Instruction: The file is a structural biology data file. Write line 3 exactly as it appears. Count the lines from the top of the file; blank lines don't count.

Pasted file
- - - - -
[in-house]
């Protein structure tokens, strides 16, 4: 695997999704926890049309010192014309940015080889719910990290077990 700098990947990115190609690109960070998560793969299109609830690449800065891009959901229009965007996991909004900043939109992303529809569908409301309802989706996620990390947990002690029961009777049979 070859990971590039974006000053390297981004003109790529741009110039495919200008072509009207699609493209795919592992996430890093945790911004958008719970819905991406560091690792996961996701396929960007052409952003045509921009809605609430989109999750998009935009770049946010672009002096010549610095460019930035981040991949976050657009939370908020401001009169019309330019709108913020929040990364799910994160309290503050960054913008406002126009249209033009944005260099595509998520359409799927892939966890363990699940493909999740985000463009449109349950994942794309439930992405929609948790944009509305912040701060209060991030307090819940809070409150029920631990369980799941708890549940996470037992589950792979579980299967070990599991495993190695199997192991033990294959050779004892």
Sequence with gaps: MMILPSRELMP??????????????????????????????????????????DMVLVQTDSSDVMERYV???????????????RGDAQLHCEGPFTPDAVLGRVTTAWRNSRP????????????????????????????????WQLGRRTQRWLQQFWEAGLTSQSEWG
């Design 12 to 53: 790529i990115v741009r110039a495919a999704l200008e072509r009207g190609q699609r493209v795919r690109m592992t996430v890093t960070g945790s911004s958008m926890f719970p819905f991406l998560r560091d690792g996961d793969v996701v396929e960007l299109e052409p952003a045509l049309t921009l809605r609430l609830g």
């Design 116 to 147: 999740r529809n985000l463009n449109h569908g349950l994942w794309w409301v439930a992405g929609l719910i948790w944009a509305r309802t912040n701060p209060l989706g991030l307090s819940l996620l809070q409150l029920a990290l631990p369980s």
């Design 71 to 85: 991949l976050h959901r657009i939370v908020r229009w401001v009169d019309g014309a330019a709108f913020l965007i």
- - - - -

Sequence with gaps: MMILPSRELMP??????????????????????????????????????????DMVLVQTDSSDVMERYV???????????????RGDAQLHCEGPFTPDAVLGRVTTAWRNSRP????????????????????????????????WQLGRRTQRWLQQFWEAGLTSQSEWG